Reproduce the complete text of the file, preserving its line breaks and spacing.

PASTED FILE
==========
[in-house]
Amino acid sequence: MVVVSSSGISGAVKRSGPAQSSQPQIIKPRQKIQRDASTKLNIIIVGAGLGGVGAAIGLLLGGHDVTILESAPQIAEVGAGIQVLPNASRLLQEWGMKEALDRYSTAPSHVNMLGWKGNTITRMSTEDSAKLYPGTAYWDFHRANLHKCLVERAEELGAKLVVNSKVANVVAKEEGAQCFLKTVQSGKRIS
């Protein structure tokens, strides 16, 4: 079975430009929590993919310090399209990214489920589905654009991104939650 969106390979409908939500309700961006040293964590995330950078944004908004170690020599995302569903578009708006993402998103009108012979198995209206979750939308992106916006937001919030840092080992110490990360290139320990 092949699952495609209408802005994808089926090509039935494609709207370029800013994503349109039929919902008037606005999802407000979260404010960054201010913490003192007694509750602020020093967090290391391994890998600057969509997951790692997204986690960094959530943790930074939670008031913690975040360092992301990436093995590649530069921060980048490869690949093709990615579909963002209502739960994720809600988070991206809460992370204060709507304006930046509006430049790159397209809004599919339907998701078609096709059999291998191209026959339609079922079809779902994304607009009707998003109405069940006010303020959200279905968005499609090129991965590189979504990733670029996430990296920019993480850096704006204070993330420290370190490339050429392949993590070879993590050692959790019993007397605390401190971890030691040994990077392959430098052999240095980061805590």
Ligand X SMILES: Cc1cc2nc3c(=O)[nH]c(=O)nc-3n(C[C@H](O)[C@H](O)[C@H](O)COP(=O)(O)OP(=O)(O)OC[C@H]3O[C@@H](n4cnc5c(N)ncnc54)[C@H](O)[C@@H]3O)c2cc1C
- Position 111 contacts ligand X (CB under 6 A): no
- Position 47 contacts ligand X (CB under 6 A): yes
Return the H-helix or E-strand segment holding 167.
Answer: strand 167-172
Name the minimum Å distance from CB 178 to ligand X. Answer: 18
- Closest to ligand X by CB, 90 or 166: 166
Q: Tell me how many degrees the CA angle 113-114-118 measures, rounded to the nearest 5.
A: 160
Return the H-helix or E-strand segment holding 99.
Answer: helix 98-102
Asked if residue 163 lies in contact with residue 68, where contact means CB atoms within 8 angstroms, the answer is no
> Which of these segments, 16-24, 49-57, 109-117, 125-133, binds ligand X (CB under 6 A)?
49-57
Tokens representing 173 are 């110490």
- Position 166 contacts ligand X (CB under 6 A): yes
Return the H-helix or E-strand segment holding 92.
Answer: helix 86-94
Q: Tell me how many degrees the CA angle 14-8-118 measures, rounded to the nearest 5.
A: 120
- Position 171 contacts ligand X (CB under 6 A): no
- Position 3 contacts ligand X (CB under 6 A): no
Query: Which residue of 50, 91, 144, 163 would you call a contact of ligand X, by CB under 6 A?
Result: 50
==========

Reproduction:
[in-house]
Amino acid sequence: MVVVSSSGISGAVKRSGPAQSSQPQIIKPRQKIQRDASTKLNIIIVGAGLGGVGAAIGLLLGGHDVTILESAPQIAEVGAGIQVLPNASRLLQEWGMKEALDRYSTAPSHVNMLGWKGNTITRMSTEDSAKLYPGTAYWDFHRANLHKCLVERAEELGAKLVVNSKVANVVAKEEGAQCFLKTVQSGKRIS
């Protein structure tokens, strides 16, 4: 079975430009929590993919310090399209990214489920589905654009991104939650 969106390979409908939500309700961006040293964590995330950078944004908004170690020599995302569903578009708006993402998103009108012979198995209206979750939308992106916006937001919030840092080992110490990360290139320990 092949699952495609209408802005994808089926090509039935494609709207370029800013994503349109039929919902008037606005999802407000979260404010960054201010913490003192007694509750602020020093967090290391391994890998600057969509997951790692997204986690960094959530943790930074939670008031913690975040360092992301990436093995590649530069921060980048490869690949093709990615579909963002209502739960994720809600988070991206809460992370204060709507304006930046509006430049790159397209809004599919339907998701078609096709059999291998191209026959339609079922079809779902994304607009009707998003109405069940006010303020959200279905968005499609090129991965590189979504990733670029996430990296920019993480850096704006204070993330420290370190490339050429392949993590070879993590050692959790019993007397605390401190971890030691040994990077392959430098052999240095980061805590």
Ligand X SMILES: Cc1cc2nc3c(=O)[nH]c(=O)nc-3n(C[C@H](O)[C@H](O)[C@H](O)COP(=O)(O)OP(=O)(O)OC[C@H]3O[C@@H](n4cnc5c(N)ncnc54)[C@H](O)[C@@H]3O)c2cc1C
- Position 111 contacts ligand X (CB under 6 A): no
- Position 47 contacts ligand X (CB under 6 A): yes
Return the H-helix or E-strand segment holding 167.
Answer: strand 167-172
Name the minimum Å distance from CB 178 to ligand X. Answer: 18
- Closest to ligand X by CB, 90 or 166: 166
Q: Tell me how many degrees the CA angle 113-114-118 measures, rounded to the nearest 5.
A: 160
Return the H-helix or E-strand segment holding 99.
Answer: helix 98-102
Asked if residue 163 lies in contact with residue 68, where contact means CB atoms within 8 angstroms, the answer is no
> Which of these segments, 16-24, 49-57, 109-117, 125-133, binds ligand X (CB under 6 A)?
49-57
Tokens representing 173 are 């110490």
- Position 166 contacts ligand X (CB under 6 A): yes
Return the H-helix or E-strand segment holding 92.
Answer: helix 86-94
Q: Tell me how many degrees the CA angle 14-8-118 measures, rounded to the nearest 5.
A: 120
- Position 171 contacts ligand X (CB under 6 A): no
- Position 3 contacts ligand X (CB under 6 A): no
Query: Which residue of 50, 91, 144, 163 would you call a contact of ligand X, by CB under 6 A?
Result: 50